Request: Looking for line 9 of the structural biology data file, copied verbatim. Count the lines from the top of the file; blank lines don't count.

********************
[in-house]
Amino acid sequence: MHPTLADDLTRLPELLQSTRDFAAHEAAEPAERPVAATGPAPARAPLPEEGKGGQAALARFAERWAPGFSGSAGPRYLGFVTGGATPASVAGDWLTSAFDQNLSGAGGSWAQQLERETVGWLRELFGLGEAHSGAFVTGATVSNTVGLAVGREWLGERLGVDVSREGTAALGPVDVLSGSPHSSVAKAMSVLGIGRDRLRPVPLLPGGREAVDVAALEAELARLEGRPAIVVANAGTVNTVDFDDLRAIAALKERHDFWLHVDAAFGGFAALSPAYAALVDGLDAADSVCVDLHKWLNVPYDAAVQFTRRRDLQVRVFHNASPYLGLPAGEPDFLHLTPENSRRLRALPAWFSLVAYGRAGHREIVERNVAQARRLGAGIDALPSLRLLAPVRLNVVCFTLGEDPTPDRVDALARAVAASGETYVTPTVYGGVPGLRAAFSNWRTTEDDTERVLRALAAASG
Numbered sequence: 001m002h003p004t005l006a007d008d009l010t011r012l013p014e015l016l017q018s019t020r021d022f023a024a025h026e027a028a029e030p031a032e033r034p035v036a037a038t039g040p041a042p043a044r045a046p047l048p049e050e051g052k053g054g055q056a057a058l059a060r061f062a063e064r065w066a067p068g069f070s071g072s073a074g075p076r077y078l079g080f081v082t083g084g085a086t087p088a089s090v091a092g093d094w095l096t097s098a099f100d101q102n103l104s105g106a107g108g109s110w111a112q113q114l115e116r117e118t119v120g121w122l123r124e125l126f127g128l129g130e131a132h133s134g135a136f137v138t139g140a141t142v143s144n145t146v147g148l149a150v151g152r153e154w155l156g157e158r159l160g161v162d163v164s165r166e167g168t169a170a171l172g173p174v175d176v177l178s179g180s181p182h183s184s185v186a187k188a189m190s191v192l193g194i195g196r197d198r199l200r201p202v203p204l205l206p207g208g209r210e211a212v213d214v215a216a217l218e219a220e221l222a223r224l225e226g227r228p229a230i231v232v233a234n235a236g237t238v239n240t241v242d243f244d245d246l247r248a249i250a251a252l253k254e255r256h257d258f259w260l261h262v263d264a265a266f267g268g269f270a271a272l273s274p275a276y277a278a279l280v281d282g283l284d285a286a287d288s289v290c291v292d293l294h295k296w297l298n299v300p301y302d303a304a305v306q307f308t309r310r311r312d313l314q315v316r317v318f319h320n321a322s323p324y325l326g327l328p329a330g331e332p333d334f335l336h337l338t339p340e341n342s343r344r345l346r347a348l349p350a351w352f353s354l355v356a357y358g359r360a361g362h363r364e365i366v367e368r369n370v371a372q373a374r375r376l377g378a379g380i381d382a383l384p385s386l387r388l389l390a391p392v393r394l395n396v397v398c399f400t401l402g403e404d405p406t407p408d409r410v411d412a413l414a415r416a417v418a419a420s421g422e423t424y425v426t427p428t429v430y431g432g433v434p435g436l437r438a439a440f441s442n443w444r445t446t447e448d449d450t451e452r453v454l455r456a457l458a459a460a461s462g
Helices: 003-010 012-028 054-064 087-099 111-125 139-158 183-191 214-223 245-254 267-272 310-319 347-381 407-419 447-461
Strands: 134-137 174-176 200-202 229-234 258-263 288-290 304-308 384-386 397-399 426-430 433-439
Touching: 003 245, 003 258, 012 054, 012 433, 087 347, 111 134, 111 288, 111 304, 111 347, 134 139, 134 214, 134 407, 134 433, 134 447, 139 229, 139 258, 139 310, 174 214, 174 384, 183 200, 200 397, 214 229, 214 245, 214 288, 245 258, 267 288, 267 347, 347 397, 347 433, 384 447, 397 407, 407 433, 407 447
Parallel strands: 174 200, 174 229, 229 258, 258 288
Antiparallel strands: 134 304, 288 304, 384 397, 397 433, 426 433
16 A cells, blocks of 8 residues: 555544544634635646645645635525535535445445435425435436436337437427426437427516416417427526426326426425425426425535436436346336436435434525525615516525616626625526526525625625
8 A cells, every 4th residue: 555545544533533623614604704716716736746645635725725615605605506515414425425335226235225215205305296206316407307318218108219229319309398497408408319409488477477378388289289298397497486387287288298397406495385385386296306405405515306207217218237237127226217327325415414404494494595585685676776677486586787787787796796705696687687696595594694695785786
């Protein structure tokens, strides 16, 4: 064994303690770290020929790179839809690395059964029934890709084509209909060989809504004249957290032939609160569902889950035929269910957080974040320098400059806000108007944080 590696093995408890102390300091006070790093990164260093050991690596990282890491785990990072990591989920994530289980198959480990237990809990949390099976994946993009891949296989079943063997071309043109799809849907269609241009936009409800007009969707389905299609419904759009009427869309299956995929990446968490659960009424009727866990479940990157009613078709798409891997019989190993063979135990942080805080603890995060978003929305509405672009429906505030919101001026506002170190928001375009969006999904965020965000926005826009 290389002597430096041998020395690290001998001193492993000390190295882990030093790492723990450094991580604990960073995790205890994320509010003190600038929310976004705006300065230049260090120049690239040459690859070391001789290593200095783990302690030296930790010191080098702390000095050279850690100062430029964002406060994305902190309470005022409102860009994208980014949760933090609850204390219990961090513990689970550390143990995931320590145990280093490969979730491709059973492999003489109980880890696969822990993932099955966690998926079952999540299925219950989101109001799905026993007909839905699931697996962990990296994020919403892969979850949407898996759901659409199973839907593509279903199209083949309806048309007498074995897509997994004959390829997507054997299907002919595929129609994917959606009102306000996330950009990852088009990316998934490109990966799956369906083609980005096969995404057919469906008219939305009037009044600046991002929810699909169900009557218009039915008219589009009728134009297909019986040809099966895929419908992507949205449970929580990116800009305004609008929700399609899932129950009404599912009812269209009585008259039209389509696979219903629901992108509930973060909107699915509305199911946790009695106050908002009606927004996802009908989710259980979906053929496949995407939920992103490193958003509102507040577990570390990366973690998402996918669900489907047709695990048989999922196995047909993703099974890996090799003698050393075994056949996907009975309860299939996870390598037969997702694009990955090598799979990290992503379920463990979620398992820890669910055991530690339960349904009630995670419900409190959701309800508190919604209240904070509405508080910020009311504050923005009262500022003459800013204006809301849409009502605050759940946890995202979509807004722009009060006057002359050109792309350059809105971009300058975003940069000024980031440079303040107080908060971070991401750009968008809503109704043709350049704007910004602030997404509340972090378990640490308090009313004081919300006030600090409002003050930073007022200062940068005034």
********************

16 A cells, blocks of 8 residues: 555544544634635646645645635525535535445445435425435436436337437427426437427516416417427526426326426425425426425535436436346336436435434525525615516525616626625526526525625625